School policies should also encourage equal gender representation across all roles, such as on a school’s board or the volunteers in the canteen or on school camp. 

This also means having more honest and evidence-based conversations about masculinities in schools. Young men need a supportive school culture that shows them they do not need to conform to outdated stereotypes of being a man such as being tough, dominant, or stoic. 

The research shows that these rigid stereotypes about men help maintain gender inequality and contribute to violence against women. 

This work is not only for our schools though; we also need universitiesTAFEsworkplacessporting clubs and media to play their part in prevention, and we thank those who have already shown incredible leadership and are taking action across the country. 

This is not easy work, we need a long-term vision and commitment, but we can’t afford to cut corners, especially not now. 

If we want to take this issue seriously, and the message from the community over the year has been a resounding YES, we must ensure children and young people have access to a curriculum and a school system that builds the knowledge and skills needed to have healthy and equal relationships. This means the continued commitment to a roll out respectful relationships education across the country 

We must listen to young people, especially young women, and make sure they are centered in every action that we take and ensure that adults are accountable and play their part.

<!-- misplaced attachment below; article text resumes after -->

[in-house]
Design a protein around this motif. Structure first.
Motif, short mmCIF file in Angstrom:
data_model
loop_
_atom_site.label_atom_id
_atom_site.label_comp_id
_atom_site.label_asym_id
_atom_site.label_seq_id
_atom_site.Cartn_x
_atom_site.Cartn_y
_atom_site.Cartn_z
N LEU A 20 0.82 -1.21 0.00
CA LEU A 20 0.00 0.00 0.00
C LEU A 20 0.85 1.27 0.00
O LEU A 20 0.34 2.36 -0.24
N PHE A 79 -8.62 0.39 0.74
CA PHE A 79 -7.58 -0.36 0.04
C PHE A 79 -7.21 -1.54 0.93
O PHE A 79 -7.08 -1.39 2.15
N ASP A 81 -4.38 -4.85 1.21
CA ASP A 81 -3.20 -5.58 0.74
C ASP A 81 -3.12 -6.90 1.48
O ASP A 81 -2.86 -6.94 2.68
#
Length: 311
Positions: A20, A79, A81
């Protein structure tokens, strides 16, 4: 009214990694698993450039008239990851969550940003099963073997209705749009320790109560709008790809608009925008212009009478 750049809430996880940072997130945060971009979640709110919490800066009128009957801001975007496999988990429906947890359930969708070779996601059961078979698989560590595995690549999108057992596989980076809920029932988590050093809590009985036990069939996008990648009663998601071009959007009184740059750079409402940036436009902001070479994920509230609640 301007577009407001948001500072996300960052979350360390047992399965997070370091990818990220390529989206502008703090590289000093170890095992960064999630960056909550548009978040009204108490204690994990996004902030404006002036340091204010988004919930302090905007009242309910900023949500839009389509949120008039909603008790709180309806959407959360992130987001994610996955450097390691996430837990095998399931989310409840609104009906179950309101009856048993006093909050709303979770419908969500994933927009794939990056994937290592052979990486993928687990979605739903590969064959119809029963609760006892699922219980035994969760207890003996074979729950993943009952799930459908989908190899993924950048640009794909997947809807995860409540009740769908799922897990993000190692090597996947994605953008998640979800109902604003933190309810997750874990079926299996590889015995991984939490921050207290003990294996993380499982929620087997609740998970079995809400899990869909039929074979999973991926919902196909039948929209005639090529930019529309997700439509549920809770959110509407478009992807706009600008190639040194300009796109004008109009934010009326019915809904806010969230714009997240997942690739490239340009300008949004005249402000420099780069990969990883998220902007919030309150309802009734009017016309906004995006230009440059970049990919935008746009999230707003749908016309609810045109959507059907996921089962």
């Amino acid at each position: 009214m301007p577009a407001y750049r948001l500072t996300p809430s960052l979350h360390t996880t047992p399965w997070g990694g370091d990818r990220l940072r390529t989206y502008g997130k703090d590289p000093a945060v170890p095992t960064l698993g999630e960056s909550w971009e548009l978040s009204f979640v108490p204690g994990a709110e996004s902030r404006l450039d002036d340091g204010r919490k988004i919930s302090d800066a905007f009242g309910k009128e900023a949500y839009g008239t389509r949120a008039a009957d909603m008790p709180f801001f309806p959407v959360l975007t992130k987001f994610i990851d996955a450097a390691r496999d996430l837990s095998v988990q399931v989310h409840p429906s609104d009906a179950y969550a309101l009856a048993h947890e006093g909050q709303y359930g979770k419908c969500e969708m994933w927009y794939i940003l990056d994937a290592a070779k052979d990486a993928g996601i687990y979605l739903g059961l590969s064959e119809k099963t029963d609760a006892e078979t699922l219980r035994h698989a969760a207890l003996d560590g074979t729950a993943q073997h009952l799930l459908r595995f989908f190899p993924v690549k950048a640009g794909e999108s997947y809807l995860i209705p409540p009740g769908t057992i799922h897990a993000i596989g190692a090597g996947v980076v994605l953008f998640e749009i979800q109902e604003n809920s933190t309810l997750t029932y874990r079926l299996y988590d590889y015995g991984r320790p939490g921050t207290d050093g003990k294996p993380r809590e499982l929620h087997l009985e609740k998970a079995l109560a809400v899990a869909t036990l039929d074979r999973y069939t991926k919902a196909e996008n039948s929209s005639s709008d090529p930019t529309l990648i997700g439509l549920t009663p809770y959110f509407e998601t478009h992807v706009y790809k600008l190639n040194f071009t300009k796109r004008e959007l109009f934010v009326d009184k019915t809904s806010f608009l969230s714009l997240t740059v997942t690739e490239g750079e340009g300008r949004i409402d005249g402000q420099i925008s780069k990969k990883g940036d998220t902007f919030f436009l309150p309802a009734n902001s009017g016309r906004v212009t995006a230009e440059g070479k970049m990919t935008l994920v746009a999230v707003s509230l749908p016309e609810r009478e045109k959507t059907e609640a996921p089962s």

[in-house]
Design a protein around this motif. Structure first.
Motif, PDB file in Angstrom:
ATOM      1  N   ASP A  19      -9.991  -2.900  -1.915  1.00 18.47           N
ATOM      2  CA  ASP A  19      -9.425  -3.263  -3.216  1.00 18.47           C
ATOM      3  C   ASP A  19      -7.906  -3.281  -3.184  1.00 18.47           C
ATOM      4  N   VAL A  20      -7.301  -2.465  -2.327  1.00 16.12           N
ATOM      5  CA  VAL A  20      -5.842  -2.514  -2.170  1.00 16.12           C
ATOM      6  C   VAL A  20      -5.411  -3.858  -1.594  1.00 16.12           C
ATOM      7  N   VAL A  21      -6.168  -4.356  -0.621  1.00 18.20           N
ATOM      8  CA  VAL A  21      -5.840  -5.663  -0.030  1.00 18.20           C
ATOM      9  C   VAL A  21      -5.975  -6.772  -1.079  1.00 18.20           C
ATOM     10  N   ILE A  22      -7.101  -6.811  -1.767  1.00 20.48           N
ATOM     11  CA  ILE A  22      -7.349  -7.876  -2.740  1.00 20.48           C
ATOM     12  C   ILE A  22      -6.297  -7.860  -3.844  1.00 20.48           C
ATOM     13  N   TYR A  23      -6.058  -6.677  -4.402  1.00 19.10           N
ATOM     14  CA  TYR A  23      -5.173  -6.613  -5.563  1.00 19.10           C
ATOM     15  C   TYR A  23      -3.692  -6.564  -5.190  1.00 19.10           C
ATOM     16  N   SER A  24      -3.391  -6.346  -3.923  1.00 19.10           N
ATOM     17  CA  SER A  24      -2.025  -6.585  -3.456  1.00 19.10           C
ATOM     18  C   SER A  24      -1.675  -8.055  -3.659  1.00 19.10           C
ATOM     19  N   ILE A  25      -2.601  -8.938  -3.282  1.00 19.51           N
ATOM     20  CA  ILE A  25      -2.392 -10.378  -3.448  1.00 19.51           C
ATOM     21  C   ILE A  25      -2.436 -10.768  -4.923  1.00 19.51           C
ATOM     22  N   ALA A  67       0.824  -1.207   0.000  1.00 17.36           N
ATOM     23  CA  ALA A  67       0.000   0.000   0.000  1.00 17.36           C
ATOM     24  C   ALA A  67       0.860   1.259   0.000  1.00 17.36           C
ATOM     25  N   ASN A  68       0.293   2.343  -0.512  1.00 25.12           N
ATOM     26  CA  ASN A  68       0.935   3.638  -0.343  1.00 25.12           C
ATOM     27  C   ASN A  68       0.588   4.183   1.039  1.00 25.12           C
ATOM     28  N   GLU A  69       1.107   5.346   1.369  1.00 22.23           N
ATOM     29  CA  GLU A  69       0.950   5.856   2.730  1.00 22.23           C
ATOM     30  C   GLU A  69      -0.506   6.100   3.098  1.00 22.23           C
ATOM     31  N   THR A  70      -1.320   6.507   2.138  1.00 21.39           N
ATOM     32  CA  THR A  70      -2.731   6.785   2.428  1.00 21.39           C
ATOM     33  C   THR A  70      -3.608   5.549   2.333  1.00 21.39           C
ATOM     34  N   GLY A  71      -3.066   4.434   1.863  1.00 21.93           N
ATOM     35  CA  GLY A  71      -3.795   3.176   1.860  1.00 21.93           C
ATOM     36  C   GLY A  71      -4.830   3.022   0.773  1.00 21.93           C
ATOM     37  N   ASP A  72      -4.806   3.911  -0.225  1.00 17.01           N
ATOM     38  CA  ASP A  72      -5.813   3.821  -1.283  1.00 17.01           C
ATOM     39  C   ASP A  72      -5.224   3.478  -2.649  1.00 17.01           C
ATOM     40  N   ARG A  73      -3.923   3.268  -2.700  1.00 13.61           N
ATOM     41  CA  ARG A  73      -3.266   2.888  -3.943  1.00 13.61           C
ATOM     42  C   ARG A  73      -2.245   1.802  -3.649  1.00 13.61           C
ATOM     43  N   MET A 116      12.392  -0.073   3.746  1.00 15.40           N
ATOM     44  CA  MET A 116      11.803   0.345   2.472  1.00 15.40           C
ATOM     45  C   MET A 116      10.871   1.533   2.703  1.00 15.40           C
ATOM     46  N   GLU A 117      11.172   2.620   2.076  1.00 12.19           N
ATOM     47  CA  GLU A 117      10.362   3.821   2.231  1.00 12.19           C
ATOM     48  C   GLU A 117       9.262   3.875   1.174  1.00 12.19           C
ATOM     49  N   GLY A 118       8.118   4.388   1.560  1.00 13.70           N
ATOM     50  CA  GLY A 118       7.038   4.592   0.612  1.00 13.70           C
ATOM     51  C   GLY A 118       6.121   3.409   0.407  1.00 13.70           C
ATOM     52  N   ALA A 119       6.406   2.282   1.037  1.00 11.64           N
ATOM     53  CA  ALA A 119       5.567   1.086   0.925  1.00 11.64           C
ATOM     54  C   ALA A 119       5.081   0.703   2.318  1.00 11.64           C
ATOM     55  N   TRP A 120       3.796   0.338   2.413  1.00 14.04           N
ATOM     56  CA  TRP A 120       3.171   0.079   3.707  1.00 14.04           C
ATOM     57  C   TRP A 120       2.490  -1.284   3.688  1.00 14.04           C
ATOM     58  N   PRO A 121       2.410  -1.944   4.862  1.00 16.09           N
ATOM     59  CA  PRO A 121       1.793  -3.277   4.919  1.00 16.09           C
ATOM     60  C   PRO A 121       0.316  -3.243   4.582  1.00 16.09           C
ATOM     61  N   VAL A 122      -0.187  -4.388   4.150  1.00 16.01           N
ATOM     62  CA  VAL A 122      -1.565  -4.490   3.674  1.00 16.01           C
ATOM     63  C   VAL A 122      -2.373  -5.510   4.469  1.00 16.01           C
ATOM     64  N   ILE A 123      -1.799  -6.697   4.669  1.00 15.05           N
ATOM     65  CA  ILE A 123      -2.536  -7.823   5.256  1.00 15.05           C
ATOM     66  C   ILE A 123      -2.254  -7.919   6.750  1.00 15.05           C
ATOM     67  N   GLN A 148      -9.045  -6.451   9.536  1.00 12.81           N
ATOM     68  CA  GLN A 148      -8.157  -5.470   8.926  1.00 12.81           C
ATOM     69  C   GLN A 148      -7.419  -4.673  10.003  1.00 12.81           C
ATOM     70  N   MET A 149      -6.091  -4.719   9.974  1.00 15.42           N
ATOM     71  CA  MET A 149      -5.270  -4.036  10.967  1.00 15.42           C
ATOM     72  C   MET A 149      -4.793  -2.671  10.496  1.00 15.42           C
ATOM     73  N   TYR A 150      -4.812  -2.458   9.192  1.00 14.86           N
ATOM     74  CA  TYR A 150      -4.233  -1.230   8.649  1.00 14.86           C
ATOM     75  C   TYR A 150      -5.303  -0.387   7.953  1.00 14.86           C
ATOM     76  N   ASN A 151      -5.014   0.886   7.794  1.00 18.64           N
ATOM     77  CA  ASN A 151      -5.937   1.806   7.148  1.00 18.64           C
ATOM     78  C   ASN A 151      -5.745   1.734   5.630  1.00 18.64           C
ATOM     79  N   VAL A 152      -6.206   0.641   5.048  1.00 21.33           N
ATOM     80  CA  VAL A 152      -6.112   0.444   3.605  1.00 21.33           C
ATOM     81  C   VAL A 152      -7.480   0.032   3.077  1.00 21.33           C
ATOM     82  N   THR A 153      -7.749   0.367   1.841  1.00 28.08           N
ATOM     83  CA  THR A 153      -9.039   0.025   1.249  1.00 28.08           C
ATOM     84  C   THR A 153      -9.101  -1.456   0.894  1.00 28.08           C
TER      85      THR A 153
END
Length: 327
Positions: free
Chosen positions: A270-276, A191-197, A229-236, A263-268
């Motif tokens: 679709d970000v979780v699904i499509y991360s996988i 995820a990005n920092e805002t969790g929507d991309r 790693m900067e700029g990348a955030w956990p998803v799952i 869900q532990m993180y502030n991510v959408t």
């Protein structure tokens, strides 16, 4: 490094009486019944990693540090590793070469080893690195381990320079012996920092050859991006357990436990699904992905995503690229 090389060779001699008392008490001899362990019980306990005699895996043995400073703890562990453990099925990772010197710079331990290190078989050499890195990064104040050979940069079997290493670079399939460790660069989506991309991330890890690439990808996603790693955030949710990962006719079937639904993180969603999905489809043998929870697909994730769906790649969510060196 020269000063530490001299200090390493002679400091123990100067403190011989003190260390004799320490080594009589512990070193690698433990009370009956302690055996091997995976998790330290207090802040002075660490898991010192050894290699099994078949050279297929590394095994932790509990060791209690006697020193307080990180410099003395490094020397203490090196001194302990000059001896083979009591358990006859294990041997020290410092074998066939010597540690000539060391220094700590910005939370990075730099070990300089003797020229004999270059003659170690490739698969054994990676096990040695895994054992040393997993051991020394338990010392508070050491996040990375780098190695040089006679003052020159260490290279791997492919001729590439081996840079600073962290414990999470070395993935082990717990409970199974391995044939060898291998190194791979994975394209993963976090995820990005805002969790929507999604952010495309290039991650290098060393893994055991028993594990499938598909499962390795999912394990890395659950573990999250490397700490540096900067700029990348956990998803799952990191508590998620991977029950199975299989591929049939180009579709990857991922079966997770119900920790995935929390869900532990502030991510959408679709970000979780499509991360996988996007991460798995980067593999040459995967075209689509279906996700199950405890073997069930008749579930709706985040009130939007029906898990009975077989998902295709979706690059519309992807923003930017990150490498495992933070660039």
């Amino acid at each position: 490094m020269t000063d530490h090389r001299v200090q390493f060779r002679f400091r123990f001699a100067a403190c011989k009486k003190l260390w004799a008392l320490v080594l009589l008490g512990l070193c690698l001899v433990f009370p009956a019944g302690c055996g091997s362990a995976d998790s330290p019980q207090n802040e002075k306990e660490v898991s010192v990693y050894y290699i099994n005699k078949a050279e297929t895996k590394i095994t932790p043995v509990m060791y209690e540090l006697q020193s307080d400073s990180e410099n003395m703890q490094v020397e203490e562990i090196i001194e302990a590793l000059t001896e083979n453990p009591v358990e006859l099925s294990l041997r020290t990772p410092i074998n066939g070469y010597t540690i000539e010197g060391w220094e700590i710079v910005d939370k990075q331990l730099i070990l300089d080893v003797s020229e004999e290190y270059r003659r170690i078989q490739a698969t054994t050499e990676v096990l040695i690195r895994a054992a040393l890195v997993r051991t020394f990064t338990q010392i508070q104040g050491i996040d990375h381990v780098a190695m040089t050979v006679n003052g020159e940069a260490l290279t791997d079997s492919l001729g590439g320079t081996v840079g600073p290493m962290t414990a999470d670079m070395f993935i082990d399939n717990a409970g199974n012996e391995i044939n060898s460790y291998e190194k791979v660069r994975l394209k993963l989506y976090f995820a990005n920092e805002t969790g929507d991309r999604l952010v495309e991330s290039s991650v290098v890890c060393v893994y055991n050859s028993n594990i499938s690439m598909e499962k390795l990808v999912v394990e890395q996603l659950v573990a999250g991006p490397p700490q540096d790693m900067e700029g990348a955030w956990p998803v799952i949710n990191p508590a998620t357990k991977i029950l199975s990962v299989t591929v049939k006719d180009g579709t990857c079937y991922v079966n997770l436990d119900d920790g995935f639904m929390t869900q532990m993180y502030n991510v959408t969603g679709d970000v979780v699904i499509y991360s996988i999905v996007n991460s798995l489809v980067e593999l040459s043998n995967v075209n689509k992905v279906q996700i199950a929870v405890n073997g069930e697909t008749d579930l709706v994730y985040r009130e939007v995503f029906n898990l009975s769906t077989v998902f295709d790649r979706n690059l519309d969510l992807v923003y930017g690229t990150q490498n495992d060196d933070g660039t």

It is through this work, across all levels and aspects of society, that everyone, regardless of where they live, their age, background or culture can grow up and live free from disrespect and violence. 

Patty Kinnersly is CEO of Our Watch, a national leader in the prevention of violence against women and their children. 

This was first published across Australian Community Media publications on 23 September, 2021, including The Canberra Times. 

Media contact

Shannon McKeogh, Senior Media and Communications Advisor (shannon.mckeogh@ourwatch.org.au or 0412 612 039) or media@ourwatch.org.au

*If you cover this story, or any story regarding violence against women and children, please include the following tagline:

“If you or someone you know is impacted by sexual assault, family or domestic violence, call 1800RESPECT on 1800 737 732 or visit www.1800RESPECT.org.au. In an emergency, call 000.”

To access guides for reporting about violence against women and their children, visit Media Making Change.

About Our Watch

Our Watch is a national leader in Australia’s work to stop violence against women and their children before it starts. The organisation was created to drive nation-wide change in the structures, norms and practices that lead to violence against women and children.

Find out more about our work to end violence against women in Australia.

The evidence
Woman holding baby.